I also must acknowledge some of Karasuno’s opponents. While the mangaka doesn’t flesh out every SINGLE member of those teams, they each have at least one or two memorable characters. They also go through the backstories of these teams during the matches with them, to hammer in the fact that Karasuno isn’t trying to beat an “evil volleyball team”, but a team of normal, likeable people who have the same aspirations that our protagonists do. It’s effective, but it gets kind of redundant over time.

Of course, no sports manga can be good without amazing art, and Haikyuu!! has some amazing art. While the artstyle looks disjointed and sketchy at first, the mangaka ramps it up to eleven when the emotional tensity warrants it. They’re also a master at gesture drawing, which really sells the power and speed of each shot. The panel flow is amazing, and always kept me on my toes; I never knew if a spike was actually going to count until the little scoreboard popped up in the panel.

However, there’s one last thing about Haikyuu!! that sets it apart from its contemporaries. But I can’t mention it without spoiling endgame content big time. On the flipside, it’s something that could make or break the entire series for you. As such, I made the following paragraphs the same color as the background. If you want to read the spoiler, then highlight the section of your own free will. Otherwise, skip to the end of the post.

A lot of sports manga- and Jump manga in general- are meant to be inspirational and lighthearted. They give hope to the underdogs out there, and have themes oriented around never giving up and achieving your dreams. However… Haikyuu!! is not a manga about success, but a manga about failure. Karasuno fails. Sure, they lose some early tournaments, but that always happens in sports manga. If the team loses, there’s usually some loophole in the tournament rules, or a magical secret tournament that they can use to reach some sort of glory. But that doesn’t happen with Haikyuu!! Karasuno FAIL-fails. Even after the third-years graduate, the first-years are not able to avenge them. Despite my aversion towards cynicism, I actually love that this happened. I have mad respect for the mangaka for taking such a big risk with a mainstream I.P. like this. I have no idea if any sports manga has ever done this before (except Hikaru no Go, but that manga doesn’t count because it’s not very good and it doesn’t go into any sort of aftermath either), but Haikyuu!! does it really well.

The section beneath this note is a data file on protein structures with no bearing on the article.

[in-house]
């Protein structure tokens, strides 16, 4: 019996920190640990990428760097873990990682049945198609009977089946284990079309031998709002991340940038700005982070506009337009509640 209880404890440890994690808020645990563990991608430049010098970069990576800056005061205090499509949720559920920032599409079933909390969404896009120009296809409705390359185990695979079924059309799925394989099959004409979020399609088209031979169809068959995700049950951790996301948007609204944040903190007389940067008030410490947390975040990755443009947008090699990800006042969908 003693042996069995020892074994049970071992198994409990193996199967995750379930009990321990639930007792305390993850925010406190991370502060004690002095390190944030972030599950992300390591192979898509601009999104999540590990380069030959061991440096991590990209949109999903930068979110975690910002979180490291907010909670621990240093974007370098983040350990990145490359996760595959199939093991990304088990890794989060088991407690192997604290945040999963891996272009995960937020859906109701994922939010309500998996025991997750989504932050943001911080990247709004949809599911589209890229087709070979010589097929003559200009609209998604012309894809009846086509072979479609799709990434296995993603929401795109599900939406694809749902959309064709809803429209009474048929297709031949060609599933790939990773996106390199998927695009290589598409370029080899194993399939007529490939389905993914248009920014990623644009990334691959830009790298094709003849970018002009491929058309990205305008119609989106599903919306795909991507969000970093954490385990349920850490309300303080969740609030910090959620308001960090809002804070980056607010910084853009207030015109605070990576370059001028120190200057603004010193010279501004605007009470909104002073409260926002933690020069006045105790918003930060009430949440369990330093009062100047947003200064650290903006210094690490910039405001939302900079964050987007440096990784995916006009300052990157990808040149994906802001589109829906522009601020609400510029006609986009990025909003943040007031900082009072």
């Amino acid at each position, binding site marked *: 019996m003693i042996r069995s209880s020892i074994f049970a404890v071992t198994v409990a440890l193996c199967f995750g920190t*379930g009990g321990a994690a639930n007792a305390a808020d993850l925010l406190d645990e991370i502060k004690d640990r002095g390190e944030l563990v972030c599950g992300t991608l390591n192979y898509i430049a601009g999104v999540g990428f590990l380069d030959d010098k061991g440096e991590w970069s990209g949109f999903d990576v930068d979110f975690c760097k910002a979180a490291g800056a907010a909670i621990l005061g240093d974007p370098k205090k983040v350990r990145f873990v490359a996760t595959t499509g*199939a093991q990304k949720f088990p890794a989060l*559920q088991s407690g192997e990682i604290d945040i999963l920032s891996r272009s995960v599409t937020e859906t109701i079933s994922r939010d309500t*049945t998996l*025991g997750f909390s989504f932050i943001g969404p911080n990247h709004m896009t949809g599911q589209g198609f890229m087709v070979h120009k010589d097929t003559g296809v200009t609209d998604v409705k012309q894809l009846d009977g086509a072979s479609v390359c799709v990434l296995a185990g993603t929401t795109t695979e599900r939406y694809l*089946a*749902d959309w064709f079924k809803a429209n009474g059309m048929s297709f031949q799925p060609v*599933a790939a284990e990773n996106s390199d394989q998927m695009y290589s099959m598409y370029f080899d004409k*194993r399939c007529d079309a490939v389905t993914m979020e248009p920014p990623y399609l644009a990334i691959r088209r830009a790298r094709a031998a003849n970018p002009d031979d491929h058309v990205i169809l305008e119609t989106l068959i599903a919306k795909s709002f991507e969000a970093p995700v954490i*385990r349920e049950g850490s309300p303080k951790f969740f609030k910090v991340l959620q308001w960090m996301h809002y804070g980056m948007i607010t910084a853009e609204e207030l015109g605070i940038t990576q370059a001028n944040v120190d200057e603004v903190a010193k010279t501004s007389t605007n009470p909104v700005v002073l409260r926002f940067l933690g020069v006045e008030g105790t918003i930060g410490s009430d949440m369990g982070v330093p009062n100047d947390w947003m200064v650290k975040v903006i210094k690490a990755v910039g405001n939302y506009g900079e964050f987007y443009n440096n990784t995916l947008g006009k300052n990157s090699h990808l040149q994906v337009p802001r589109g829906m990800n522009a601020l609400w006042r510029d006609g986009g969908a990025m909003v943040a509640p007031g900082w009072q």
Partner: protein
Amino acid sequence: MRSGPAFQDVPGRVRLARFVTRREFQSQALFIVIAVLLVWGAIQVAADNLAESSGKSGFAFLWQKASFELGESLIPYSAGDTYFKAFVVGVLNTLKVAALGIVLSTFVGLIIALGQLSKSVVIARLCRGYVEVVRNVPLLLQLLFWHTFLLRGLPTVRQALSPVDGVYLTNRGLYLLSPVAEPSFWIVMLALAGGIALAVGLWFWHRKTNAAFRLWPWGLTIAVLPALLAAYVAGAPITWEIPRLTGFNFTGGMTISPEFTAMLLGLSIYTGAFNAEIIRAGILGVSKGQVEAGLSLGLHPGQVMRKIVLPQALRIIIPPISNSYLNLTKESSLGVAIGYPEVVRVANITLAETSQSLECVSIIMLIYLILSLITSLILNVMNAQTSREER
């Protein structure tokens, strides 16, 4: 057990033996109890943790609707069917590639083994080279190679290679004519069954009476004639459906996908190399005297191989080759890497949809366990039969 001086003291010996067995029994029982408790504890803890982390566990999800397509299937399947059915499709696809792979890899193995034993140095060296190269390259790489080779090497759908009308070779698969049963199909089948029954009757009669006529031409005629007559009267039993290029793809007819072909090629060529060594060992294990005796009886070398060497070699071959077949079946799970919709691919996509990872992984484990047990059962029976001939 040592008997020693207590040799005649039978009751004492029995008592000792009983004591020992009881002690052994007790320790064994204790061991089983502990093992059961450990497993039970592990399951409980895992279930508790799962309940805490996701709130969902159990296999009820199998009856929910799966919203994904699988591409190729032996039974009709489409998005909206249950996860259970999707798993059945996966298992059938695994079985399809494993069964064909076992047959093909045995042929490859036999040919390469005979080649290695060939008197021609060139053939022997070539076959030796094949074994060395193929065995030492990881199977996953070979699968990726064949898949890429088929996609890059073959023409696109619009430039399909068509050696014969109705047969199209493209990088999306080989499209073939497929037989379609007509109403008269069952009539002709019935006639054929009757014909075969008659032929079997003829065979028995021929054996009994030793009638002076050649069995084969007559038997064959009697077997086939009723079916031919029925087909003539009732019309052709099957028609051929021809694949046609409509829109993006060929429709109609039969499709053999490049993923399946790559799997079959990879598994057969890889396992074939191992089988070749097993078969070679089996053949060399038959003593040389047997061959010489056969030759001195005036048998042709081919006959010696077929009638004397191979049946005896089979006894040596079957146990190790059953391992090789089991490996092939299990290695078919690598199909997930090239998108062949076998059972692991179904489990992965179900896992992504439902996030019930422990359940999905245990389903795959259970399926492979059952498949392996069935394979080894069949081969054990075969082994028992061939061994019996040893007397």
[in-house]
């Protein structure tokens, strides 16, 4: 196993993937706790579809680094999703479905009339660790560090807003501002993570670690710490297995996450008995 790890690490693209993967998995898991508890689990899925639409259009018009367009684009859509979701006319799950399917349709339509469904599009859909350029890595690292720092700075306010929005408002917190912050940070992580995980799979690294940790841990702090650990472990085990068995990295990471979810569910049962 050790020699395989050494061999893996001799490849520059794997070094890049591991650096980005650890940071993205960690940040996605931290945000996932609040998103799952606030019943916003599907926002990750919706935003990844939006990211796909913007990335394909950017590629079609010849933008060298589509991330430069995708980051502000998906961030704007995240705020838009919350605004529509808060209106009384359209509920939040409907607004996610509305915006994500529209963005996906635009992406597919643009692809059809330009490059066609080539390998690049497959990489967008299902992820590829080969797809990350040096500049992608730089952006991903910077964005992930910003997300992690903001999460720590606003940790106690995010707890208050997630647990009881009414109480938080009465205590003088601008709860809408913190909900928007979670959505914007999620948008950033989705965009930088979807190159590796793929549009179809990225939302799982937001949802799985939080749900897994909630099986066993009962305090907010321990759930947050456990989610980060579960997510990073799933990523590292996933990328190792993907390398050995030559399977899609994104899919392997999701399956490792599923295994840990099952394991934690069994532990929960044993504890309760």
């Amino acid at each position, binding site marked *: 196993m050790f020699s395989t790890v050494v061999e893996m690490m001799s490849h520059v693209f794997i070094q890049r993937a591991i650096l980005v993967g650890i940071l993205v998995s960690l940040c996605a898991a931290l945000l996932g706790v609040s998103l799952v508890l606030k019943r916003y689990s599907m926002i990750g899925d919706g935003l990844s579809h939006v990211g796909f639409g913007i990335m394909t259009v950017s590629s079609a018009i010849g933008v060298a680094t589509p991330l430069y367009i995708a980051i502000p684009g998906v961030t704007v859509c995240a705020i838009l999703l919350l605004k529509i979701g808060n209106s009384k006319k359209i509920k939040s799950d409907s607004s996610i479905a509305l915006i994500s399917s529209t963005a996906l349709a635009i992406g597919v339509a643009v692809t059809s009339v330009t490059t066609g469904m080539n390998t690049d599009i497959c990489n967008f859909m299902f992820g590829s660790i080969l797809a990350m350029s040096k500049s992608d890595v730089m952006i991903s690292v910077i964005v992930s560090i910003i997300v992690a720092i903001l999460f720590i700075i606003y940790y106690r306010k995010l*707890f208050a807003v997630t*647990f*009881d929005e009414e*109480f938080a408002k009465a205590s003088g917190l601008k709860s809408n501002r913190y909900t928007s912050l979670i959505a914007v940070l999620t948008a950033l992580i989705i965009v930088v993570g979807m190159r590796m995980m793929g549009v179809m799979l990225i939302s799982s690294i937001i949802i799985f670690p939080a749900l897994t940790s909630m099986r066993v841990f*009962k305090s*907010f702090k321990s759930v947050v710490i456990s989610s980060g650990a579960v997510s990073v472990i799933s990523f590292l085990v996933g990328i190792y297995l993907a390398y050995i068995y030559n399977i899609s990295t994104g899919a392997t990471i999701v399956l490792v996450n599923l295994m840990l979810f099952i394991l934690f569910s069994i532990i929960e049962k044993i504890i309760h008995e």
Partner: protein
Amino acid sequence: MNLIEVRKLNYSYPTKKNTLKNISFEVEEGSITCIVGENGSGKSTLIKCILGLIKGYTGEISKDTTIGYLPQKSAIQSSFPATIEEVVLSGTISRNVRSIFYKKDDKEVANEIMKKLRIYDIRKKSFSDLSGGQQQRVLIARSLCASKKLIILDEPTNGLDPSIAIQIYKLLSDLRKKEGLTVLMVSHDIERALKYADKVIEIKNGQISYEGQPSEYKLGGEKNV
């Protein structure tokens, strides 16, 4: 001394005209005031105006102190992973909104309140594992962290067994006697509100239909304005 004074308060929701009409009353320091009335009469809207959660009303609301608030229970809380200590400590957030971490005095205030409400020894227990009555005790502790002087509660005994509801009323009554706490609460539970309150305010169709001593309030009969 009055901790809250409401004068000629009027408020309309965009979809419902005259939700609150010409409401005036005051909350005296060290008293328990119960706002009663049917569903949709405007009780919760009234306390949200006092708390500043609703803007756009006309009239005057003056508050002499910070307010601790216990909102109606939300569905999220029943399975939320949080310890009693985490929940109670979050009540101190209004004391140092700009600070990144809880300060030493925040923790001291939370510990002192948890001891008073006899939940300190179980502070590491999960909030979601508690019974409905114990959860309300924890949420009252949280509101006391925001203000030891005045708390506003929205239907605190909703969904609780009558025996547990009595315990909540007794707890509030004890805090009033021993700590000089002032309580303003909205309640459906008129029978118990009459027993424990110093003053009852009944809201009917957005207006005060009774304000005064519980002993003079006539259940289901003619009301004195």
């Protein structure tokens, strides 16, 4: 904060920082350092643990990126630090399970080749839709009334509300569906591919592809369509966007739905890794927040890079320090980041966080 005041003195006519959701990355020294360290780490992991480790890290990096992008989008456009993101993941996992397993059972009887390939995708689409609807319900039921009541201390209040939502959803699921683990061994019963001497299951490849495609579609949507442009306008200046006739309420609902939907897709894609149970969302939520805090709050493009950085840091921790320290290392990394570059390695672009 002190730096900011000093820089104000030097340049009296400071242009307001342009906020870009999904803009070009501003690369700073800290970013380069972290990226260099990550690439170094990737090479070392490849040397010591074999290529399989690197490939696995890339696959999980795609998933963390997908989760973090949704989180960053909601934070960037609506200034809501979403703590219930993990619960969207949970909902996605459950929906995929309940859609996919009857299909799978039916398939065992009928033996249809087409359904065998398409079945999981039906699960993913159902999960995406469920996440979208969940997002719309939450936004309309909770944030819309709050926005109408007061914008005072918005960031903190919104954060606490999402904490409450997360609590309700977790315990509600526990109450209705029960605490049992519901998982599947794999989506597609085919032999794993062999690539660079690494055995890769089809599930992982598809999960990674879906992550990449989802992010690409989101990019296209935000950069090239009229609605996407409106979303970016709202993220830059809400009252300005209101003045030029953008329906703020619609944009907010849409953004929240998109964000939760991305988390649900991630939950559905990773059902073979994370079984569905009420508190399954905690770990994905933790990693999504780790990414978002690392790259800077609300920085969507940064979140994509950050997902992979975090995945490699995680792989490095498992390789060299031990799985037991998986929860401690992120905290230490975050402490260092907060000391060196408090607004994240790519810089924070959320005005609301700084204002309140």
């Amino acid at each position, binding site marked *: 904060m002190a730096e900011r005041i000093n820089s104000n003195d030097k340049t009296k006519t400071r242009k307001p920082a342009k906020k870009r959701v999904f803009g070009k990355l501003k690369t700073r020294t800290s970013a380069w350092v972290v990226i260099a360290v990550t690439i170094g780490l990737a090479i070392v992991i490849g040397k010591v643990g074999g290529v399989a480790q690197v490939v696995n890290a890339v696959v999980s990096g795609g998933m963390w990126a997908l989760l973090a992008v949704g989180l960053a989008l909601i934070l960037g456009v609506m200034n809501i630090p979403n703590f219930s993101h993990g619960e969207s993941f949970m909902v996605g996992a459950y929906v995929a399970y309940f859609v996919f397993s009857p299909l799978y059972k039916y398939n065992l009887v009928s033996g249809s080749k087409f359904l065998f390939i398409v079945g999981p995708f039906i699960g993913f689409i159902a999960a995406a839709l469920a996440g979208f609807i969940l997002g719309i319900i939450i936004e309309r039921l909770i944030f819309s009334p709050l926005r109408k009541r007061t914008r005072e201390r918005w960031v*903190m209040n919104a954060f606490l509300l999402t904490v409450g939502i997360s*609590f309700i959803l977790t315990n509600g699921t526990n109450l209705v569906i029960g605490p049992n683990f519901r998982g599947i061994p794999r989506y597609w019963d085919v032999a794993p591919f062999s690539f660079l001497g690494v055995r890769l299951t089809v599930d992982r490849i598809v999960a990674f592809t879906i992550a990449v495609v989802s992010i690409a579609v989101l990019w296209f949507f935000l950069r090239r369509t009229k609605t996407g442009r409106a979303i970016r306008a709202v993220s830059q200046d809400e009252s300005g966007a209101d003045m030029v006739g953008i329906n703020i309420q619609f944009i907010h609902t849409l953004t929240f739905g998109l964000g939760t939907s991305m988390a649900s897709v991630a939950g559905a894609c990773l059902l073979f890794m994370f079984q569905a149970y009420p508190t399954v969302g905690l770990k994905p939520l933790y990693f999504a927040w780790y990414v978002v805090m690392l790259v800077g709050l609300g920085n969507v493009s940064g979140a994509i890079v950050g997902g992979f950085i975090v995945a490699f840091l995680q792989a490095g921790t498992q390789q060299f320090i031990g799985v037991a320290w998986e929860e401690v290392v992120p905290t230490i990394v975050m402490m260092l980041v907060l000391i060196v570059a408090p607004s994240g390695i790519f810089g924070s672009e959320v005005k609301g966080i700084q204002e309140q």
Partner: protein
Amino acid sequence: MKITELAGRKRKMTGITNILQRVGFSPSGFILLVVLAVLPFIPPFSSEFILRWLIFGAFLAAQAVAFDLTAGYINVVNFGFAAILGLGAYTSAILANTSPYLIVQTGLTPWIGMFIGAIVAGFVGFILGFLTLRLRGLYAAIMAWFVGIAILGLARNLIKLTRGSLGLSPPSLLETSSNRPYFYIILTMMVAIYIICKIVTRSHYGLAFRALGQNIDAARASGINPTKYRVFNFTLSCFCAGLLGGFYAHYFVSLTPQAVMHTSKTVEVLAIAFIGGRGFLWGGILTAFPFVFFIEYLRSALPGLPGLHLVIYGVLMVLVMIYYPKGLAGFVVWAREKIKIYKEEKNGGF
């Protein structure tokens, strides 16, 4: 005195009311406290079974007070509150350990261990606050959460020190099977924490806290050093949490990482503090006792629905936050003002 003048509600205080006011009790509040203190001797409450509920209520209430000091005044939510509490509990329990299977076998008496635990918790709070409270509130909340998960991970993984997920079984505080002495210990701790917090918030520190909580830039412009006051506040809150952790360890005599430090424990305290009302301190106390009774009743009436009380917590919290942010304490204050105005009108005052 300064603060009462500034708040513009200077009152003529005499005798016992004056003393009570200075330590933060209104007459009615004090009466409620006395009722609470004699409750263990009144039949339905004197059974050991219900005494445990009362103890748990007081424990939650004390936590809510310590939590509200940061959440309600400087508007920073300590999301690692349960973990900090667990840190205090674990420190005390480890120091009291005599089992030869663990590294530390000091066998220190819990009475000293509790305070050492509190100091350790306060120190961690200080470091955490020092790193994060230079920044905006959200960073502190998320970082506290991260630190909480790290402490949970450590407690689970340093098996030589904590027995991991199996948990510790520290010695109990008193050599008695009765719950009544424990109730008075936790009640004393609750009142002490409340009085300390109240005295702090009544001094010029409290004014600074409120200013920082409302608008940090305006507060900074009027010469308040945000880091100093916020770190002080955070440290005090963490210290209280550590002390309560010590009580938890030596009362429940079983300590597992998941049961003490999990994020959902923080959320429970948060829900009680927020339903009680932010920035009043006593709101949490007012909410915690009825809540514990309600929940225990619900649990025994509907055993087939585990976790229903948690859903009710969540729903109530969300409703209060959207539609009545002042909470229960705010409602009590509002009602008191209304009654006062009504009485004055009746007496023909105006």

I know, I sound like a hypocrite, saying that this tonal shift is a good thing. It makes me sound like the people (*cough* Western critics *cough*) who say that cynical narratives are more “realistic” because “people don’t achieve their dreams by force of will alone” and that “life is meant to be miserable”. Normally, when we see a cynical narrative, it’s a long process of seeing the main character fall into pieces and wax poetic about how “suffering is the only truth in the world”. But Haikyuu!! takes cynicism and twists it into something truly unique. Instead of wallowing in misery, the cast of Haikyuu!! just… lives. Haikyuu!! is about being able to make like a cat poster and “hang in there” even if you never achieve your dreams. Sad to say, I do truly believe that a lot of people can never achieve their dreams, just because of how our society works. But that doesn’t mean you kill yourself. That’s the lesson. The final arc of Haikyuu!! is just adult Hinata having fun playing volleyball with new and old friends. Narratively, it’s not very exciting, but it ends in the best way possible: a rematch between Hinata and Kageyama, using all the skills they’ve learned throughout the course of the story.

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Final Verdict: 9.25/10

Haikyuu!! is an amazing manga, and is definitely among one of my favorite Jump manga of all time. It’s more grounded than most shounen, so I can more easily recommend it to critics. For once, Haikyuu!! actually deserves swimming in the mainstream, and I’m glad that a lot of people love it.